- The virus that causes WNE is not vertically transmitted from the hen to the embryo. Therefore hatching eggs or chicks cannot be a source of the virus.
- There is no evidence that the virus that causes WNE is present in poultry in the U.S. Experimental exposure of chickens did not result in illness. The chickens developed antibodies but did not harbor the virus in their blood or tissues for an extended period of time, as occurs in wild birds.
- Pennsylvania is presently participating in an intense WNE monitoring study. To find out how the State of Pennsylvania, Penn State, and other governmental agencies and universities are responding to the current WNE situation, or to find out more about WNE, check out the following two websites: http://www.westnile.state.pa.us/ and http://www.pested.psu/edu/spwestnile.html.
- THE BOTTOM LINE: There is absolutely no evidence that newly-hatched chicks could be infected with (and transmit to humans) the virus that causes WNE.
E. coli and Salmonella
- The intestinal tracts of all mammals (including humans) and birds have various types of E. coli, while some have Salmonella. Because E. coli and Salmonella often comprise the natural intestinal microflora of many animal species, there are many opportunities (such as pets, playmates, etc.) for young children to be exposed to these bacteria.
- Some types of E. coli and Salmonella are more likely to cause disease in susceptible humans. An example of this is the E. coli O157:H7, which is found in cattle intestines (feces) but has not been generally found in poultry.
- A small percentage (0.005%; or 1 in 20,000) of all eggs produced contain Salmonella enteritidis (SE). Today all breeder flocks are tested monthly for SE and, if found positive, are depopulated. All Pennsylvania breeder flocks have been negative for SE for over six years.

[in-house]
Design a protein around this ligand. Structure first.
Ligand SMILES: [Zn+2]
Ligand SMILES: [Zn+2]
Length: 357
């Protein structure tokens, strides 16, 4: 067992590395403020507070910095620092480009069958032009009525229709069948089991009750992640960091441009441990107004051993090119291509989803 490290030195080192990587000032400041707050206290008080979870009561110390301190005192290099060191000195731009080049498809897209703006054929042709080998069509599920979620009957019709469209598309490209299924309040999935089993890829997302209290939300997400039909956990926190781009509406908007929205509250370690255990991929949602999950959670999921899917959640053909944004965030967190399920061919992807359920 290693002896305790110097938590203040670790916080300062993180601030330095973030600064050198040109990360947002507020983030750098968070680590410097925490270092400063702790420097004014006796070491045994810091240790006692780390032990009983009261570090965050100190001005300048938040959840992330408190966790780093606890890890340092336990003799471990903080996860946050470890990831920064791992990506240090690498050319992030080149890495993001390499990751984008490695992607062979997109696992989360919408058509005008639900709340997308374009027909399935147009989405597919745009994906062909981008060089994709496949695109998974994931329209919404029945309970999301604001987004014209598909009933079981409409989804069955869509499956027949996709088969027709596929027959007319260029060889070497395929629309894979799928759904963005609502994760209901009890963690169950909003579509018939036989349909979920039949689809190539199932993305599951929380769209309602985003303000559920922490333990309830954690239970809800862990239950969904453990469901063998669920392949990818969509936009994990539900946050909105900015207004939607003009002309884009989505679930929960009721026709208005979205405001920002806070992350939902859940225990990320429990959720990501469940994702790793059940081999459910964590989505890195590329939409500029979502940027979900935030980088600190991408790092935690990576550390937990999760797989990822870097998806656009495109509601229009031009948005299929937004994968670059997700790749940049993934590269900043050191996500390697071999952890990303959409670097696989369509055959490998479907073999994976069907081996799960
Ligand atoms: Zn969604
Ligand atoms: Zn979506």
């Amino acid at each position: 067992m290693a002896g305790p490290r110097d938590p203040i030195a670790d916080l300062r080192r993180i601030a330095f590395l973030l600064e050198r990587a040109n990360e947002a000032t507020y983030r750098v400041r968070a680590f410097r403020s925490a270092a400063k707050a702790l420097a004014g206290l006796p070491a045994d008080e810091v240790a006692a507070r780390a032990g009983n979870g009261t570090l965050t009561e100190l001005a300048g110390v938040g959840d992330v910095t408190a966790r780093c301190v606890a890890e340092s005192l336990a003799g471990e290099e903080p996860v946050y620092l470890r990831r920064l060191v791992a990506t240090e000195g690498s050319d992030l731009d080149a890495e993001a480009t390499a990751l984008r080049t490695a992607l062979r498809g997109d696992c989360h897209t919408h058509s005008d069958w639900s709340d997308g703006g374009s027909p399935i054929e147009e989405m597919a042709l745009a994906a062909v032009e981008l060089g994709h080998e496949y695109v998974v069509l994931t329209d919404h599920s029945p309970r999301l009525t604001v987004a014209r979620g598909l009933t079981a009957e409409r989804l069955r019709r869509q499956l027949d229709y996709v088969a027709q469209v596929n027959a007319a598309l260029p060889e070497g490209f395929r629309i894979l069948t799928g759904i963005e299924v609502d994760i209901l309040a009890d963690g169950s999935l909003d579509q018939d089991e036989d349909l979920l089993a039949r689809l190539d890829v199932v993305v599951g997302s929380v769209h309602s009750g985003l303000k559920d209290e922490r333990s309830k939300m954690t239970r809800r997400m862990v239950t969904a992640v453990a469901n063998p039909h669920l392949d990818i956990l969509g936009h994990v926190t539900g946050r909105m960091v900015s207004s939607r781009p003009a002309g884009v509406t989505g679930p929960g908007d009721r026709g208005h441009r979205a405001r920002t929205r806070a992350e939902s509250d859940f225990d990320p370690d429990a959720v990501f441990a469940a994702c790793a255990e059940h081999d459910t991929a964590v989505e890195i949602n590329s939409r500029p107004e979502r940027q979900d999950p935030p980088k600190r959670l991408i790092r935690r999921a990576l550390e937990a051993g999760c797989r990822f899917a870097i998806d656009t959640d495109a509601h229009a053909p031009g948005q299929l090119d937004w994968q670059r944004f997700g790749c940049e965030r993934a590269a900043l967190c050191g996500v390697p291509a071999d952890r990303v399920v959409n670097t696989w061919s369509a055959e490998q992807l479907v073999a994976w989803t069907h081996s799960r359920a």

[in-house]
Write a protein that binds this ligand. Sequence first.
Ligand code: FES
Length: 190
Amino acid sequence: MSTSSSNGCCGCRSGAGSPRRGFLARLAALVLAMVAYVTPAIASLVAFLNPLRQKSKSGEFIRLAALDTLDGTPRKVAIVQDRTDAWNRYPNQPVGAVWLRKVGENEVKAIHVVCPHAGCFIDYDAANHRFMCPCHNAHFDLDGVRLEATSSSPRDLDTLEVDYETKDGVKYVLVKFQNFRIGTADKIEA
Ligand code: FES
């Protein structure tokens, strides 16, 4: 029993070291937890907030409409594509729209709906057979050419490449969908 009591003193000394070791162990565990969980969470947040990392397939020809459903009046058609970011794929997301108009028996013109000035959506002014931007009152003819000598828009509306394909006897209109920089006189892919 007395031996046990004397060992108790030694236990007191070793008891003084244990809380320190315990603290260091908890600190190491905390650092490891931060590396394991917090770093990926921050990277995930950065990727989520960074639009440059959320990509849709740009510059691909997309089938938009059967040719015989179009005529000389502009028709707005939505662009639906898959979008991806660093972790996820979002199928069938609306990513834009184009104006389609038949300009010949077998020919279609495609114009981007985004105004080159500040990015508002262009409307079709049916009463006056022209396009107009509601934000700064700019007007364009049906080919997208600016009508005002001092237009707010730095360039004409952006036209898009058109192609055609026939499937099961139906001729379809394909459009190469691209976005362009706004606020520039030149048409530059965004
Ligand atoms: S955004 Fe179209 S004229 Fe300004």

- Although most of the estimated 1.4 million human salmonellosis cases that occur annually in the U.S. are caused by foodborne illnesses, direct contact with animals, particularly reptiles and occasionally birds, may also be a source of infection (Source: MMWR Weekly, April 14, 2000/49(14):297-299). Because Salmonella organisms are shed in the feces, humans become infected when contaminated food, hands, or other objects are placed in the mouth.
- Hand washing is necessary to reduce any risk associated with Salmonella and E. coli infections following direct or indirect contact with animals. This can significantly eliminate any already minimal risk.
- In general, any E. coli or Salmonella that may be present in a chick comes from environmental exposure to fecal material that may have been present on the eggs prior to start of incubation. Therefore the setting of very clean eggs in a well-sanitized incubator can further reduce any potential for a problem with E. coli or Salmonella.
- A recent large-scale epidemiological study of Salmonella infection in children showed that the primary place of exposure was the home. Therefore, in order to prevent the potential transmission of bacteria from children to the chicks, hand washing prior to handling the eggs or birds would also be advised.
- THE BOTTOM LINE: Exposure to chicken fecal material could, in rare instances, result in infection from Salmonella and, less frequently, from E. coli. However, many other bacterial and viral infections can result from poor hand sanitation. Thus, the teaching of good hygiene (sanitation) habits can significantly reduce the already very small risk of Salmonella or E. coli infections.
For more information, please contact any of the following individuals:
Dr. David C. Kradel - (814) 863-8105 - firstname.lastname@example.org
Dr. Robert G. Elkin - (814) 865-3411 - email@example.com
Dr. R. Michael Hulet - (814) 865-5573 - firstname.lastname@example.org
Dr. Patricia A. Dunn - (814) 863-0837 - email@example.com